In the first episode of a new series of A brush with..., Ben Luke talks to the Canadian artist Stan Douglas about his influences—including writers, film-makers, musicians, and, of course, other artists—and the cultural experiences that have shaped his life and work.
Douglas was born in 1960 in Vancouver, where he currently lives and works. He is one of the leading pioneers of video installation and large-scale photography, scrutinising different media to explore how they shape our understanding of reality. He does so through making often unexpected connections between contemporary and historical events, and rich references to music and literature.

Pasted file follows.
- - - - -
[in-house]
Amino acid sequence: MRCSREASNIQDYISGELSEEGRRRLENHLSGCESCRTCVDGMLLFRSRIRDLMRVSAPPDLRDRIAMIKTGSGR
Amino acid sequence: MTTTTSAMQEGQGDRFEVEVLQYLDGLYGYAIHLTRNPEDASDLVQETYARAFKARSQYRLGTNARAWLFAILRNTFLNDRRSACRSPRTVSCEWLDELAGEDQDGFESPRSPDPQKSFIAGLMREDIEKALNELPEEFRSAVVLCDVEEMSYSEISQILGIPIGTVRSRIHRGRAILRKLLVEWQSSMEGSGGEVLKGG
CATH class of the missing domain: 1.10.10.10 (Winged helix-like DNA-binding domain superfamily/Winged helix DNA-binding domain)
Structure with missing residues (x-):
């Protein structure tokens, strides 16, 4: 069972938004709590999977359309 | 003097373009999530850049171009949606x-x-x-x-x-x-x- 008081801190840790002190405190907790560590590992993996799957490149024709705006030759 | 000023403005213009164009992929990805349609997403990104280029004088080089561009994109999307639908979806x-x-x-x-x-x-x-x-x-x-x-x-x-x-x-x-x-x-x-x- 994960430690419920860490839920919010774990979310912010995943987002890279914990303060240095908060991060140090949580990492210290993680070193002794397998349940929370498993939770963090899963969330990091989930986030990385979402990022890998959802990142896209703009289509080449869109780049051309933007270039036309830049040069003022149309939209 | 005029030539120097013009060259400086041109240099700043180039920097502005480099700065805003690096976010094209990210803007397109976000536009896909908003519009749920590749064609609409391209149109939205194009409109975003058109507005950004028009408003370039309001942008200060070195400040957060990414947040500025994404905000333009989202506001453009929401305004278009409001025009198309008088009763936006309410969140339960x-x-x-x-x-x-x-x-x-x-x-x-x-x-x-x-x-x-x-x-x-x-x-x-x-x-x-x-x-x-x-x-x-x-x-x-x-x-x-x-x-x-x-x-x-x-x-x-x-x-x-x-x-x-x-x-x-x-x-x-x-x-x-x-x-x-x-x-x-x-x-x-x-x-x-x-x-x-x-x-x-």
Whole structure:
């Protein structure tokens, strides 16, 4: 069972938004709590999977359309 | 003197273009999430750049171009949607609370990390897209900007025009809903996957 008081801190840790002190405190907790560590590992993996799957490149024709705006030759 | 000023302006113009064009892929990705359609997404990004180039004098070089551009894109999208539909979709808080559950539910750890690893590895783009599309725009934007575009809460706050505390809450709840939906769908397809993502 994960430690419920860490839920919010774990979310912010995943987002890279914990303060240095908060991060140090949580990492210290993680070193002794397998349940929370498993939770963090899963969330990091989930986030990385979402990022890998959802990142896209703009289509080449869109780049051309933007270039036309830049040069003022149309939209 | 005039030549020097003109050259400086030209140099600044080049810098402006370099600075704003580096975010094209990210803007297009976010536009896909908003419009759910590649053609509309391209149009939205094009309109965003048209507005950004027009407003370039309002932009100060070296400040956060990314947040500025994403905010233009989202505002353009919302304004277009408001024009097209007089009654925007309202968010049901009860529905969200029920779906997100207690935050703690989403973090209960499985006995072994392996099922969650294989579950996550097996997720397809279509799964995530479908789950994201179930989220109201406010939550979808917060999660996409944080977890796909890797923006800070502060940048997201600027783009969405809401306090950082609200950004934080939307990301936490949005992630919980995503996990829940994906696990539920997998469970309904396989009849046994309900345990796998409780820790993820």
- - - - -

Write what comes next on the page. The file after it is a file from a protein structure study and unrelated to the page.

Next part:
In this conversation, he discusses his early interest in Marcel Duchamp, the enduring power of artists as diverse as Francisco de Goya and Agnes Martin, his endless fascination with Samuel Beckett, and how his love of Miles Davis’s underrated album On the Corner prompted one of his best works, Luanda-Kinshasa (2013).
• Stan Douglas’s project for the 59th Venice Biennale, 2011 ≠ 1848, is in the Canadian Pavilion in the Giardini and the Magazzini del Sale, Venice, until 27 November.